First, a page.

_{4}were calculated to be e

^{−1.18}, −15.42, e

^{58.87}and −169.3 by an identical method, respectively. Therefore, the creep constitutive models during the secondary and tertiary creep stages for the studied Zr-based BMG can be expressed as

## 4. Conclusions

_{3}Zr, Al

_{3}Ni and Al

_{4}Zr

_{5}phases exist in a glassy matrix at high temperatures and high applied stresses. The creep activation energy and stress exponent were calculated to be 377 kJ/mol and 4.21, respectively. The parameters of the established models based on the θ projection method, θ

_{i}, G

_{i}and H

_{i}(i = 1, 2, 3 and 4), at different testing conditions were calculated by non-linear least-squares and linear fitting methods. It was found that the established models were closely associated with the applied stress and temperature. The creep curves of Zr-based BMGs predicted by the proposed models were consistent with the experimental curves, verifying the validity of the established models to predict the creep behaviors of BMGs. The concentration gradient region resulted from the density variation of free volume acts as a driving force for atomic motion and free volume movement. A schematic model was proposed to describe the high temperature creep deformation of BMGs based on the diffusional motion of free volume within a glassy matrix surrounded by shear bands. Higher testing temperatures cause easier atomic movement, favoring creep deformation. Meanwhile, larger applied stresses increase the deformation rate of the BMG. The atomic diffusion perpendicular to the loading force constantly facilitates the formation of a new free volume, resulting in higher creep strain and a higher steady state creep rate.

## Author Contributions

## Funding

## Conflicts of Interest

## References

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**Figure 2.**(

**a**) Differential scanning calorimetry (DSC) curve; (

**b**) tensile stress-strain curves at different temperatures; (

**c**,

**d**) tensile creep curves; and (

**e**,

**f**) the corresponding strain rate-time curves of the Zr-based BMG alloy with different creep parameters.

**Figure 3.**SEM and TEM images, together with the selected area electron diffraction (SAED) patterns of the samples after creep tests at 680 K with different applied stresses: (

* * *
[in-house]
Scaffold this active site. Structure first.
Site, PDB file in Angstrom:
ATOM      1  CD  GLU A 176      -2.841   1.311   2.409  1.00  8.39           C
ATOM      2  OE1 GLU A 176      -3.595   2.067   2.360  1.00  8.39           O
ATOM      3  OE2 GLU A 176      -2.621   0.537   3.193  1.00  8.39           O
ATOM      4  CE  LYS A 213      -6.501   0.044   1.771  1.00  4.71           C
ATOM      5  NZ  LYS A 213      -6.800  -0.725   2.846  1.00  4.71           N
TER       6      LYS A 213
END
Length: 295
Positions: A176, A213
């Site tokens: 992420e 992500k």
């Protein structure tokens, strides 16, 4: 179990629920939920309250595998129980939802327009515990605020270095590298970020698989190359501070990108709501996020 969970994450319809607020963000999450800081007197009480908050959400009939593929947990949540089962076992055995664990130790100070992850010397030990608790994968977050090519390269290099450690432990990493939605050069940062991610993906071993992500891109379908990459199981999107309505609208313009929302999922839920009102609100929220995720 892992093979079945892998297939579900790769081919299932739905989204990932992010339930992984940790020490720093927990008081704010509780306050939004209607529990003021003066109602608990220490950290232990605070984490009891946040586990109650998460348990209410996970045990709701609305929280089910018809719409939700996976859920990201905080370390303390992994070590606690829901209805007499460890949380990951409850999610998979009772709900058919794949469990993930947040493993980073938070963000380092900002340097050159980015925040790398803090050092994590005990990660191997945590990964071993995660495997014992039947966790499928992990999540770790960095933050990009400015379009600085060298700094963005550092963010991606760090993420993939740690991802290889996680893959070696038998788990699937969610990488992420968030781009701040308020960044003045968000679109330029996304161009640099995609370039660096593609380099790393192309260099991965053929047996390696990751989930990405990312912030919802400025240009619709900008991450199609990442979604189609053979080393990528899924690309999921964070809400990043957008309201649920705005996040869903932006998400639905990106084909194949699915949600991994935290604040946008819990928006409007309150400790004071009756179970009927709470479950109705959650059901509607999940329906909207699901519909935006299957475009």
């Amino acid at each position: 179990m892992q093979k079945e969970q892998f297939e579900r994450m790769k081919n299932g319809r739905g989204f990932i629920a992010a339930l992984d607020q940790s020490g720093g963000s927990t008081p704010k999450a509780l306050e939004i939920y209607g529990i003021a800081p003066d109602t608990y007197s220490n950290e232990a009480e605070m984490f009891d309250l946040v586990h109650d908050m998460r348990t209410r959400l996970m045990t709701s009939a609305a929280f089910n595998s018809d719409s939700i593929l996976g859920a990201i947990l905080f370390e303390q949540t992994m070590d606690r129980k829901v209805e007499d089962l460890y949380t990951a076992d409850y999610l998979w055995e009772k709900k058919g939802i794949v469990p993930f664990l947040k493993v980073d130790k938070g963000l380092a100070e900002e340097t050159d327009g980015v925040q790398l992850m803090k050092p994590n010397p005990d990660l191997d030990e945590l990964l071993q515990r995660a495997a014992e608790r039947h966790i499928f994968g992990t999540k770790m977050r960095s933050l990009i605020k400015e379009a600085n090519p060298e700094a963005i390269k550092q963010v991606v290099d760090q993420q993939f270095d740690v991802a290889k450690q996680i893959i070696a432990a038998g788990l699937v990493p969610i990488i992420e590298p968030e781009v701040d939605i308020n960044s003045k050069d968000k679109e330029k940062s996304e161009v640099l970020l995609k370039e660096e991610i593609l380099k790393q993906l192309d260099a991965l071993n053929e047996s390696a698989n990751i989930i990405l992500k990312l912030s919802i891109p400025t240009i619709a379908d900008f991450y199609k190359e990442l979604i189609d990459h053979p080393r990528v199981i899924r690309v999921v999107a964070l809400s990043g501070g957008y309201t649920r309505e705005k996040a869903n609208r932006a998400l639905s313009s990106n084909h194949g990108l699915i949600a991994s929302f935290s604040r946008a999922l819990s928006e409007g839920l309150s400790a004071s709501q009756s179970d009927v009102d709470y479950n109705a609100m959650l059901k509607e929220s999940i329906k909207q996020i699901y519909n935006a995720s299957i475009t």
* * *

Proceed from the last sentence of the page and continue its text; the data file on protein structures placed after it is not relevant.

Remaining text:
**a**) 50 MPa; (

**b**) 100 MPa; and (

**c**) 180 MPa.

**Figure 4.**SEM and TEM images, together with the SAED patterns of the samples after creep tests at 100 MPa with different temperatures: (

**a**) 660 K, (

**b**) 680 K, and (

**c**) 700 K.

**Figure 5.**(

**a**) Schematic creep curve based on the θ projection concept. Relationships of (

**b**) lnθ

_{1}− σ/σ

_{y}; (

**c**) (lnθ

_{2}+ Q/RT) − σ; (

**d**) lnθ

_{3}− σ/σ

_{y}and (

**e**) (lnθ

_{4}+ Q/RT) − σ.

**Figure 6.**Comparisons between the experimental curves and predicted curves: (

**a**) 100 MPa for different temperatures and (

**b**) 680 K for different applied stresses.

**Figure 7.**Schematic diagram of (

**a**) Nabarro-Herring creep model (black arrows: atom diffusion; green arrows: vacancy diffusion) [38], and (

**b**) creep model for bulk metallic glass (BMGs) (black arrows: atom diffusion; green arrows: free volume movement).

**Table 1.**Values of the total primary strain θ

_{1}, tertiary strain θ

_{3}, and rate parameters governing curvatures of the primary (θ

_{2}) and tertiary (θ

_{4}) components at different creep parameters.

660 K 100 MPa σ/σ_{y} = 0.0931 | 680 K 100 MPa σ/σ_{y} = 0.1127 | 700 K 100 MPa σ/σ_{y} = 0.1269 | |||||||||

θ_{1} | θ_{2} | θ_{3} | θ_{4} | θ_{1} | θ_{2} | θ_{3} | θ_{4} | θ_{1} | θ_{2} | θ_{3} | θ_{4} |

0.00954 | 0.2551 | 0.0714 | 0.007342 | 0.01382 | 0.3183 | 0.0595 | 0.015 | 0.01753 | 0.3667 | 0.04207 | 0.3271 |

680 K 50 MPa σ/σ_{y} = 0.0564 | 680 K 100 MPa σ/σ_{y} = 0.1127 | 680 K 180 MPa σ/σ_{y} = 0.2029 | |||||||||

θ_{1} | θ_{2} | θ_{3} | θ_{4} | θ_{1} | θ_{2} | θ_{3} | θ_{4} | θ_{1} | θ_{2} | θ_{3} | θ_{4} |

0.01467 | 0.2491 | 0.0459 | 0.001464 | 0.01682 | 0.3183 | 0.0565 | 0.015 | 0.07778 | 0.4358 | 0.05218 | 0.09878 |

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**MDPI and ACS Style**

Wang, G.; Pan, D.; Shi, X.; Huttula, M.; Cao, W.; Huang, Y. Tensile Creep Characterization and Prediction of Zr-Based Metallic Glass at High Temperatures. *Metals* **2018**, *8*, 457.
https://doi.org/10.3390/met8060457

**AMA Style**

Wang G, Pan D, Shi X, Huttula M, Cao W, Huang Y. Tensile Creep Characterization and Prediction of Zr-Based Metallic Glass at High Temperatures. *Metals*. 2018; 8(6):457.
https://doi.org/10.3390/met8060457

**Chicago/Turabian Style**

Wang, Gang, Daoyuan Pan, Xinying Shi, Marko Huttula, Wei Cao, and Yongjiang Huang. 2018. "Tensile Creep Characterization and Prediction of Zr-Based Metallic Glass at High Temperatures" *Metals* 8, no. 6: 457.
https://doi.org/10.3390/met8060457